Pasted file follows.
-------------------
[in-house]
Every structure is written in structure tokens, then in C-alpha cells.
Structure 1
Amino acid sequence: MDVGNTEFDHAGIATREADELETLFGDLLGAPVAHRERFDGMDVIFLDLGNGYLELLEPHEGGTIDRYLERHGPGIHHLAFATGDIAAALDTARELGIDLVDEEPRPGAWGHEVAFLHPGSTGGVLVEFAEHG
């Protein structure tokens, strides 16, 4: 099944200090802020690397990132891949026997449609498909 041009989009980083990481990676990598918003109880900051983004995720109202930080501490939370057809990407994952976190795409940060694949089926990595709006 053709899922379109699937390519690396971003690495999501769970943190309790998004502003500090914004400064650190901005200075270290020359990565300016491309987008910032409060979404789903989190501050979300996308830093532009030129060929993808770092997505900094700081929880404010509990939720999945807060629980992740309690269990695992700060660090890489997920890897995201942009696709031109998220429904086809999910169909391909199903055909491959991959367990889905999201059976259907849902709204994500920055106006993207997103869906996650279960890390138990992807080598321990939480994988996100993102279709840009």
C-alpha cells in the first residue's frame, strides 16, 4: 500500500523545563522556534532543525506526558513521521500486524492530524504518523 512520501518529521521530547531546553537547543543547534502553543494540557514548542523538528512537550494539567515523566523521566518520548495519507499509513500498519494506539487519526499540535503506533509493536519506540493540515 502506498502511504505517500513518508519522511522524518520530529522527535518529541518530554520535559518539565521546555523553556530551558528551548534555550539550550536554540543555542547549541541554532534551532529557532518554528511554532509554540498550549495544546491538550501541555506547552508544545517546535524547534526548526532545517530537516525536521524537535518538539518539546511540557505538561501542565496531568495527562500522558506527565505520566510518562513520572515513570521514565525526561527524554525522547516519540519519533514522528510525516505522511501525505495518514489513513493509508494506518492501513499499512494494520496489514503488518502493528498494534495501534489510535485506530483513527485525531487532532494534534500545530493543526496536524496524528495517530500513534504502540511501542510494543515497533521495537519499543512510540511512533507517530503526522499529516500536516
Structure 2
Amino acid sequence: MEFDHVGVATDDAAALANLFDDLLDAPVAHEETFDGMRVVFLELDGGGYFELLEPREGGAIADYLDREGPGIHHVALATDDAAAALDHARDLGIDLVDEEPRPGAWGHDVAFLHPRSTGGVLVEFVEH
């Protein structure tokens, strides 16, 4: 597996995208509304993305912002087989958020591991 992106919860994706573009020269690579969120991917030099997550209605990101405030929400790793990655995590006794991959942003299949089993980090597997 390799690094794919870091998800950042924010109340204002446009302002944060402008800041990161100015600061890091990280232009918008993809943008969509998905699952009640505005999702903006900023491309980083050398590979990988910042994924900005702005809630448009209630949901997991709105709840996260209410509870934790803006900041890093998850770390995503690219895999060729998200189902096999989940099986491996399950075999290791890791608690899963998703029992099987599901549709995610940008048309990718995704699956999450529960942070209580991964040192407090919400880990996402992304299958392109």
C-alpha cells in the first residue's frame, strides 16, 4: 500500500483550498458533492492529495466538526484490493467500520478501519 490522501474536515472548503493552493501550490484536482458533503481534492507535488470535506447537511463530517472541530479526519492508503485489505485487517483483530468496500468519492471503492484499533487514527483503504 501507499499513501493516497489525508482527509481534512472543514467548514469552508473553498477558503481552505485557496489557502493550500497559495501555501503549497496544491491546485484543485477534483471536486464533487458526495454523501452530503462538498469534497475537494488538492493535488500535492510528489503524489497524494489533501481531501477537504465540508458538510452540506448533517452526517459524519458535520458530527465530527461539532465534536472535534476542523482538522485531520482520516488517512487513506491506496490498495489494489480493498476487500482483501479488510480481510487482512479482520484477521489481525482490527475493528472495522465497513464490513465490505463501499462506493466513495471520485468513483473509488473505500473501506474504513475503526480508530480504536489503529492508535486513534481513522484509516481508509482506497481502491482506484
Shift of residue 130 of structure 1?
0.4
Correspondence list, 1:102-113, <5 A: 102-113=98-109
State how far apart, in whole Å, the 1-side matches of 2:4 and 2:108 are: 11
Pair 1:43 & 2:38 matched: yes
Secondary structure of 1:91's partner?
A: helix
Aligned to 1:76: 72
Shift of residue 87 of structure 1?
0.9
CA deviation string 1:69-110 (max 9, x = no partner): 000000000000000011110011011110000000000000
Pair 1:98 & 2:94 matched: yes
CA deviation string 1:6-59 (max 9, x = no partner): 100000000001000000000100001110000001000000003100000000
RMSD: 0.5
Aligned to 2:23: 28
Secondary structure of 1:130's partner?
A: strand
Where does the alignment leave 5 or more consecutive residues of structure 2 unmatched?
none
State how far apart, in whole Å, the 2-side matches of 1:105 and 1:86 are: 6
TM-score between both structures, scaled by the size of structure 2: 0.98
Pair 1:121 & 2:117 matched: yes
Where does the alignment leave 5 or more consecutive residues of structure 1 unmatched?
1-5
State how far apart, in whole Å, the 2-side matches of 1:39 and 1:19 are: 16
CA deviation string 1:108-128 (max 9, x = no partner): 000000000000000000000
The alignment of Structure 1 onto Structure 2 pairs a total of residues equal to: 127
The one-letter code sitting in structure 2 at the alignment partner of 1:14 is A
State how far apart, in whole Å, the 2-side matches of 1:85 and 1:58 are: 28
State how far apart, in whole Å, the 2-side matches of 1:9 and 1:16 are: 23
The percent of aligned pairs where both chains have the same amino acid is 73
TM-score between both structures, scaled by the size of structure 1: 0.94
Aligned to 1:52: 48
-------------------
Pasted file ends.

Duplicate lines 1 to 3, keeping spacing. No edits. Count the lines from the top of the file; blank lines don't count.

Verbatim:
[in-house]
Every structure is written in structure tokens, then in C-alpha cells.
Structure 1